• Challenge: Speed to market and avoiding mediocrity. Movement can be frustratingly slow at these organizations. Plus, "all that consensus building can lead to regression to the mean, and we end up with mediocre ideas -- ones that actually aren't that good, but we all believe in," Ostrower said.
  • Tools for success: Socialization. "It's communication jujitsu. You have to do it," Ostrower said. The trick is figuring out how to quickly work the group for enough input and feedback to be incorporated into the project. Internal crowdsourcing is another tool, which Ostrower said can help "ideas bubble up from within and have consensus built around it."
  • Tone of voice: Be open and listen.
  • Process: It's impossible to script, Ostrower said. The best process at consensus-driven organizations is to follow "the rules of power and politics within the organization," he said.

Vision-driven organization

A company mission influences decisions at vision-driven organizations. Ostrower used Method Products, a benefit corporation that sells cleaning products, as an example. Although he's never worked with Method Products, he said having the company mission -- "people against dirty" -- printed on every bottle reflects the company's vision to produce products that clean cleanly, or without using typical cleaning-product chemicals.

These organizations are driven by "passion around purpose and mission and a vision of the future," Ostrower said. And they'll take big risks to drive that mission forward.

What you need to know when operating in a vision-driven organization:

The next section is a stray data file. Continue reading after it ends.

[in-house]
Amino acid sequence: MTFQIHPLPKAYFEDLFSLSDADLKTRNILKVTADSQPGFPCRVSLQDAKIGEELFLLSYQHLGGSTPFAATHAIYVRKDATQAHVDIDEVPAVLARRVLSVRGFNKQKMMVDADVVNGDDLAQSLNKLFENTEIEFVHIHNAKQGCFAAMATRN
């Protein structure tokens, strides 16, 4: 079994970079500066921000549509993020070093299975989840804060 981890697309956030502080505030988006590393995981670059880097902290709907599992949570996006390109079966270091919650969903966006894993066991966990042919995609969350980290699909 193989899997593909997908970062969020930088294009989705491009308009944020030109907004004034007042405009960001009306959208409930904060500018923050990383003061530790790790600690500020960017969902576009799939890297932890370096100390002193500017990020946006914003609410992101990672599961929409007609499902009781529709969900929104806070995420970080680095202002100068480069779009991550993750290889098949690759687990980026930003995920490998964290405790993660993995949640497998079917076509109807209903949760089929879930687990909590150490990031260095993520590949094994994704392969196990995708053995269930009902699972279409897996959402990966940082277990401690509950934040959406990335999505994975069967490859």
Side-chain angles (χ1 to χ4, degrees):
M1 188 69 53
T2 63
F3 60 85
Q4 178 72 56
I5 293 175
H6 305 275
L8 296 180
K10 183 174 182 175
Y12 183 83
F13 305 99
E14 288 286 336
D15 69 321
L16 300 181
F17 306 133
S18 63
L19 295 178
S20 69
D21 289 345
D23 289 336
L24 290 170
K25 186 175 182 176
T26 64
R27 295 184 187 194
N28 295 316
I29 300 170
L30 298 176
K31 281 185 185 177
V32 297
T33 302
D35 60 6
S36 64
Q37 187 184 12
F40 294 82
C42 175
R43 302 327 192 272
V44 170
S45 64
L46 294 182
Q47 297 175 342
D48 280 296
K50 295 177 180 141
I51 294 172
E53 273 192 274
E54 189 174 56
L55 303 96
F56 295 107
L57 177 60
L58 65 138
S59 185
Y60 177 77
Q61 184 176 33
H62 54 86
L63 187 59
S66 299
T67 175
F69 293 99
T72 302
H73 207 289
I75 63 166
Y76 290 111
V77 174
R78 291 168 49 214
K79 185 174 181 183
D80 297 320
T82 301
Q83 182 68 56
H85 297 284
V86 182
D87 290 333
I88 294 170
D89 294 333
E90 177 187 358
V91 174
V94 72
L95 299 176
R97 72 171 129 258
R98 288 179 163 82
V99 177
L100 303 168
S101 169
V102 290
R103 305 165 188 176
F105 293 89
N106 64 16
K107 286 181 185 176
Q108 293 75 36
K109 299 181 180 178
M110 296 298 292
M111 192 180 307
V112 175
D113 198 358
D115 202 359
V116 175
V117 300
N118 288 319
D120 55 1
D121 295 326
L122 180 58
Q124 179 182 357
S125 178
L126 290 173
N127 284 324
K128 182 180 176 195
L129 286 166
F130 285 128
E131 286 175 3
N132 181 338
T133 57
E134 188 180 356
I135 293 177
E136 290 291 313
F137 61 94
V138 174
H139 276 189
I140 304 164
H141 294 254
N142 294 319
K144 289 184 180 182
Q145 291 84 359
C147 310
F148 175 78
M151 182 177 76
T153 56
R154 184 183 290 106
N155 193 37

• Fuel: Conviction.
  • Super power: Boldness. These organizations are risk takers.
  • Challenge: Blinded by purpose. Being driven by a mission can sometimes lead to questionable decisions and wasted investments, Ostrower said. 
  • Tools for success: Emotion-building tools such as visualizations, storyboards, concept videos and experiential modeling. "Words can't convey mission," he said. "People have to feel it."
  • Tone of voice: Be the evangelist, and be inspirational. Talk about the alignment between the innovation project and what that organization is trying to achieve, Ostrower said.
  • Process: Build toward a big reveal. "That will build alignment; it will build emotion; it will build energy," he said. But he warned that a "ta-da" moment in any organization other than a vision-driven one is a recipe for failure.

Welcome to The Data Mill, a weekly column devoted to all things data. Heard something newsy (or gossipy)? Email me or find me on Twitter at @TT_Nicole.


Next Steps

Previously on The Data Mill

The secret to a disruptor's success? Question everything

What the Hortonworks IPO should signal to CIOs

Big text and thinking in data

Walmart reboot being driven by big data applications


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At your business, who determines the decision-making strategy?
As one who works for a startup acquired by a larger entity, I would say that we have a dual personality, where the immediate organization is definitely vision driven, while the larger organization is data driven. Getting those two tendencies to balance out can sometimes be a challenge ;).
Alas, all three. and though it seems like we'd be doomed from that approach, it's actually worked, more or less, for quite some time. Let me explain a bit.

Everything in my industry has to be supported by data. We meticulously examine previous attempts and only move forward when the bones predict success. We rarely gamble. We use many metrics, from worldwide income (on similar projects) to consumer popularity (ranked by "Q Scores") to previous track records (from source as close as the accounting department).

But bean-counters be damned, we're a business of artists. So we look for a unique vision that is totally new, utterly unexpected and exactly (but not too much) like something else that's succeeded before. It's a tightrope, yet our business succeeds, mostly, because....

...because we only move forward by consensus. We look for internal agreement on almost every project. Corporate-wide support is essential.

If you think this is a formula for chaos you'd be close to correct. It makes our products unduly expensive and a high risk at best. Yet when projects succeed - and that happens more often than not - they can generate undue profits.